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Climate models are constructed from mathematical equations that describe the behavior of its components: Atmosphere, Ocean, Ice and Land. This chapter describes the structure of a coupled climate model, including common features and concepts used across different components. Coupling is the term used to define the modeling of the interactions of the components. The equations of the climate model are programmed into a computer, much like budget-management equations are coded in a spreadsheet. The equations represent of the physical, chemical and biological laws that quantify the climate. There can be simple or comprehensive sets of equations, ranging from ‘simple’ models of the energy balance to complex models of the full climate system. The complexity in some ways mirrors the history of climate models. The construction and form of these different models are described, and the challenges of using climate models on large computers are also discussed.
For example, Neale, R. B., Chen, C. C., Gettelman, A., Lauritzen, P. H., Park, S., Williamson, D. L., et al. (2010). Description of the NCAR Community Atmosphere Model (CAM5.0). Boulder, CO: National Center for Atmospheric Research, http://www.cesm.ucar.edu/models/cesm1.0/cam/docs/description/cam5_desc.pdf.
Feynman Lectures on Physics ( http://www.feynmanlectures.caltech.edu/), Volume 1, Chaps. 44–45. Or there is always Pauken, M. (2011). Thermodynamics for Dummies. New York: Dummies Press.
The original paper: Arrhenius, S. (1896). “XXXI. On the Influence of Carbonic Acid in the Air Upon the Temperature of the Ground.” London, Edinburgh, and Dublin Philosophical Magazine and Journal of Science, 41(251): 237–276.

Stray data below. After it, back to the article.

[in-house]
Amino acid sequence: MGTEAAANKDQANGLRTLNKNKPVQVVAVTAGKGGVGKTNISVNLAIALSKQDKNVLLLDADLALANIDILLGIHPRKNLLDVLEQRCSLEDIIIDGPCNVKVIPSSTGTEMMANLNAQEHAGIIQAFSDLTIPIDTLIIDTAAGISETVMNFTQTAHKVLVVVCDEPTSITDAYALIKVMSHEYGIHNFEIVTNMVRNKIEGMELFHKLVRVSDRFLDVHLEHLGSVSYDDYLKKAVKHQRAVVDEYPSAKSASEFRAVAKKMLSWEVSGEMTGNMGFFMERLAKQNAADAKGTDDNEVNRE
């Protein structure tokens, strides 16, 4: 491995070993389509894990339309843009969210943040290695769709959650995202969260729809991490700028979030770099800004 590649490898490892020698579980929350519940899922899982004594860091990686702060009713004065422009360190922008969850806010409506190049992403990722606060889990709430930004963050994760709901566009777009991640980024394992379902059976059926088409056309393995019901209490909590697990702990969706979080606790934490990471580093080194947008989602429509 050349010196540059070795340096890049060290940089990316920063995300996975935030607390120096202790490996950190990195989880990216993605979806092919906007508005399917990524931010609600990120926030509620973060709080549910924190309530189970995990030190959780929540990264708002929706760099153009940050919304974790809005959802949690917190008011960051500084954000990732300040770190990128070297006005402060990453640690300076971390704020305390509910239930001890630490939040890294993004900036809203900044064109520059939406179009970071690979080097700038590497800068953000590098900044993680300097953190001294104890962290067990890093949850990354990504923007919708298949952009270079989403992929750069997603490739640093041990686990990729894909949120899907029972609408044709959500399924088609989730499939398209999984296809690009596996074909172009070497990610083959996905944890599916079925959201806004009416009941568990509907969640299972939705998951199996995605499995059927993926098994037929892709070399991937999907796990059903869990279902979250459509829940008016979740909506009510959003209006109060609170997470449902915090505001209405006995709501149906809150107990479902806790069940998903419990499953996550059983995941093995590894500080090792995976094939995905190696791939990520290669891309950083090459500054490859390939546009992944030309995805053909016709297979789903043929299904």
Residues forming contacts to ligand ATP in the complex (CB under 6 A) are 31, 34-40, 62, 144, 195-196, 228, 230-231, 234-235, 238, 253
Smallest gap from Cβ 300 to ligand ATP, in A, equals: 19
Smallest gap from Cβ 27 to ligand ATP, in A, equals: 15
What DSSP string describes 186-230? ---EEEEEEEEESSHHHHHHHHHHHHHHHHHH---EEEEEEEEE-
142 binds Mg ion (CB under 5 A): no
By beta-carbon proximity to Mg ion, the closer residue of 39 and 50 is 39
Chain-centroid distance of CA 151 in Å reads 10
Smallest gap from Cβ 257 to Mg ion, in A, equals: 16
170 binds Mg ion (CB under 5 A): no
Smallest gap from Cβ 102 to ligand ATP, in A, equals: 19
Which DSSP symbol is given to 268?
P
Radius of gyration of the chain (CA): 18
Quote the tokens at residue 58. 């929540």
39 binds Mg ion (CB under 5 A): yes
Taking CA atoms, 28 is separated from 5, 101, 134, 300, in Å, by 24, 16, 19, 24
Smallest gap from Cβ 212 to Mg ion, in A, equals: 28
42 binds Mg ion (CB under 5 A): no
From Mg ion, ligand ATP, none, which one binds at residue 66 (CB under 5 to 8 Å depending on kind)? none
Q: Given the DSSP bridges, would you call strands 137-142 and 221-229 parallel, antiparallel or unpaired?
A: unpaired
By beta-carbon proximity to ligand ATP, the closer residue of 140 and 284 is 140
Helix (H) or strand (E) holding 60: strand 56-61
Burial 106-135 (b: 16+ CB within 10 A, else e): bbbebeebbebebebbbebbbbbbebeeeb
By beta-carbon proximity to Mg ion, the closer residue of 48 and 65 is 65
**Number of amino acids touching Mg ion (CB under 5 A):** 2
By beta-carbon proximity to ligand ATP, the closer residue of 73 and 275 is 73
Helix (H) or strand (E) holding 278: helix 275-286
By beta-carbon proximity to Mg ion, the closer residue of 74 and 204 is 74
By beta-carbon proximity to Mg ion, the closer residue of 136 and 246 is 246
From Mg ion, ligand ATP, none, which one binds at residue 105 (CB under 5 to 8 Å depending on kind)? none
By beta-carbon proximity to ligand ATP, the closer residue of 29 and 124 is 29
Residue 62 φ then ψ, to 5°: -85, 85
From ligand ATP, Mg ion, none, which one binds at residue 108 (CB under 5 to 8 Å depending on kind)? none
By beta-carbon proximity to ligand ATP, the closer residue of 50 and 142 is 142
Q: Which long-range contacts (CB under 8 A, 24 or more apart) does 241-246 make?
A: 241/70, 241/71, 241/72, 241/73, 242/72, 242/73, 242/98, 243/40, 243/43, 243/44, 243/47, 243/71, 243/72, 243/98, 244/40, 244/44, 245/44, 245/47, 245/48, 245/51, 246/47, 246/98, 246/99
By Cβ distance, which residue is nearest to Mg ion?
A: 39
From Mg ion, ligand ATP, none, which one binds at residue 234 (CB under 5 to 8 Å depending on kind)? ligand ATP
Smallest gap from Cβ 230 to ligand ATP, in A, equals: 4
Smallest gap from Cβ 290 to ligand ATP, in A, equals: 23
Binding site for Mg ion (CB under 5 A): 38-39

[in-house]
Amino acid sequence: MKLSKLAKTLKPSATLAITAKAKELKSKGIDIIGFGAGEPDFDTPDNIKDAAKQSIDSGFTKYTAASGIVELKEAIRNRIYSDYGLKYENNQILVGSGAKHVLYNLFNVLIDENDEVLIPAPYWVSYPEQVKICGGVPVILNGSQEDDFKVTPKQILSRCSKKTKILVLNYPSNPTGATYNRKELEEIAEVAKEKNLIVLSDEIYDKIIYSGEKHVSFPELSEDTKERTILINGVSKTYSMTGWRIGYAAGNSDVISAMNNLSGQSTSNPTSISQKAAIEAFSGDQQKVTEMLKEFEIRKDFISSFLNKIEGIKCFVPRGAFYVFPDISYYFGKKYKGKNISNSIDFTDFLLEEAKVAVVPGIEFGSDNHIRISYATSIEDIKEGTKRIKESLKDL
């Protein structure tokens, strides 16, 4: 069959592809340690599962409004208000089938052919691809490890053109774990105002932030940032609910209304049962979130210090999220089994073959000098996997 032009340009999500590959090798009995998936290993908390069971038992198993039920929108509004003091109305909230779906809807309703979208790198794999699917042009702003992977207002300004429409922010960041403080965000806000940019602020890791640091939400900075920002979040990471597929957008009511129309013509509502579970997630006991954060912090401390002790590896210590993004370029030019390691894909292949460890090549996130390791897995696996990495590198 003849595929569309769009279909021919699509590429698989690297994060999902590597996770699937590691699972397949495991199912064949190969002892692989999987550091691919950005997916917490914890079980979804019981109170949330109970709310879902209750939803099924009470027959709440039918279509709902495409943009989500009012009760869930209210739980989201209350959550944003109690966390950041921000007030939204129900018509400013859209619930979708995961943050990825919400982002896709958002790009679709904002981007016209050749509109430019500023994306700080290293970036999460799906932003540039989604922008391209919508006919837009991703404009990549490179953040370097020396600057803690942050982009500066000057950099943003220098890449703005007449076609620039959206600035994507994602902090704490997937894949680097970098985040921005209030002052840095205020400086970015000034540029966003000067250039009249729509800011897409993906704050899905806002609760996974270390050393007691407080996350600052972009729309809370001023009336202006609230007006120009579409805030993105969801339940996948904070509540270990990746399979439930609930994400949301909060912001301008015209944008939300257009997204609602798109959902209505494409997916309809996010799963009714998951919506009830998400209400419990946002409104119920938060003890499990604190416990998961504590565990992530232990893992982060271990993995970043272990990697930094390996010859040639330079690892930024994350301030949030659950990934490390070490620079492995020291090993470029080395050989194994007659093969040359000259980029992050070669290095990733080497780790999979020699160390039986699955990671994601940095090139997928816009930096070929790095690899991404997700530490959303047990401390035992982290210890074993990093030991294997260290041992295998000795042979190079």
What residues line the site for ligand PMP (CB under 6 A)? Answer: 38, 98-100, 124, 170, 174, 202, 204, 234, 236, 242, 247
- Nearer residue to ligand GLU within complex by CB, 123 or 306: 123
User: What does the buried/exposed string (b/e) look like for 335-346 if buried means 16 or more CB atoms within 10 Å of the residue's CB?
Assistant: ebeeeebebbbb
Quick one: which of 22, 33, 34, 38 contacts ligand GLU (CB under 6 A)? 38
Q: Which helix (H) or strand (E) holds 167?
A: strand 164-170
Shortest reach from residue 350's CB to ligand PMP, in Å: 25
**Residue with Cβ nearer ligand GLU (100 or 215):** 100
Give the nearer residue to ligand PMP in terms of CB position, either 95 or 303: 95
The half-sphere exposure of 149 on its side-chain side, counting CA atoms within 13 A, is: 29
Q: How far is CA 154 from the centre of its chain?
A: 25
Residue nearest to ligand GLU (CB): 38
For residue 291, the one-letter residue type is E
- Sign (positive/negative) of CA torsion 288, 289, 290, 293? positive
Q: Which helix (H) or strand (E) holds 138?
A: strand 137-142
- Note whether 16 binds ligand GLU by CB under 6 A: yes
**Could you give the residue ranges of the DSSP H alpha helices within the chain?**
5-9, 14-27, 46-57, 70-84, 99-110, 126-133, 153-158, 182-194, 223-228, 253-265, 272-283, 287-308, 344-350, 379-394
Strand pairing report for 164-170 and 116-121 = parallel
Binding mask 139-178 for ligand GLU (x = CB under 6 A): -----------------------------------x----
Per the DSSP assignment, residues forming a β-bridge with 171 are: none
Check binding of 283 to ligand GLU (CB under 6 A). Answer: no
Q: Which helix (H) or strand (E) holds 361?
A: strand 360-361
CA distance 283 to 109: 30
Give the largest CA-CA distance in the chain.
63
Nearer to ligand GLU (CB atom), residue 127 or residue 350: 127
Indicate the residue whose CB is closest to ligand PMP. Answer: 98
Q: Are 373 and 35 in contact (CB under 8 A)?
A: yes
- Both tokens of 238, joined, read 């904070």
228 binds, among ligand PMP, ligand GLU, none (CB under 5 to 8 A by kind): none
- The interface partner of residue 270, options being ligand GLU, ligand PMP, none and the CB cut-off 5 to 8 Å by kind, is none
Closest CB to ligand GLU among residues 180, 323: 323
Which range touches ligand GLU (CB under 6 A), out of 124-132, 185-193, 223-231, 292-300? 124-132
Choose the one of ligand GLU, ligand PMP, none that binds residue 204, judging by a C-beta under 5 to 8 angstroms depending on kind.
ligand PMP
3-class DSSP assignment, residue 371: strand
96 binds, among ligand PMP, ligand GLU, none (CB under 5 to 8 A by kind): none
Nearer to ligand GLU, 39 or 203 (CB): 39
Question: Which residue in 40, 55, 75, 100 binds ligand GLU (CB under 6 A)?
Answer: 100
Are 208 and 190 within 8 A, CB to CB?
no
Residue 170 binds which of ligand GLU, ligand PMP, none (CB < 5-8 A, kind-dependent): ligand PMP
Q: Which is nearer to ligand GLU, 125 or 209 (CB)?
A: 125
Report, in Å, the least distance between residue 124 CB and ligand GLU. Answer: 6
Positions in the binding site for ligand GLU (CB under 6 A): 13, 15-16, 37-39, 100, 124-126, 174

A good overview of the co-evolution of weather and climate models is contained in: Edwards, P. N. (2010). A Vast Machine: Computer Models, Climate Data, and the Politics of Global Warming. Cambridge, MA: MIT Press. Another good reference is the description of the history of General Circulation Models in Spencer Weart’ online book The discovery of Global Warming, Harvard University Press, 2008. Available at: https://www.aip.org/history/climate/GCM.htm.
For a detailed description of the origin of digital computers, focused on von Neumann and the Princeton group (with cameo appearances by climate models), see Dyson, G. (2012). Turing’s Cathedral: The Origins of the Digital Universe. New York: Vintage.
See the infographic http://www.informationisbeautiful.net/visualizations/million-lines-of-code/ contained in McCandless, D. (2014). Knowledge Is Beautiful. New York: Harper Design.
The first “bug” was thought to be a result of a moth being smashed in an electromechanical relay in the Harvard Mark II computer in 1947, according to Walter Isaacson in Chap. 3 of The Innovators: How a Group of Hackers, Geniuses, and Geeks Created the Digital Revolution. New York: Simon & Schuster, 2014. This of course would be considered a hardware, not a software, bug but the name stuck.
An updated list is maintained as the “Top 500” list: http://www.top500.org.
Data from the Top 500 list, November 2014.
See Carroll, L. (1865). Alice’s Adventures in Wonderland. New York: Macmillan.
- Essence of a Climate Model
Richard B. Rood
- Springer Berlin Heidelberg
- Chapter 4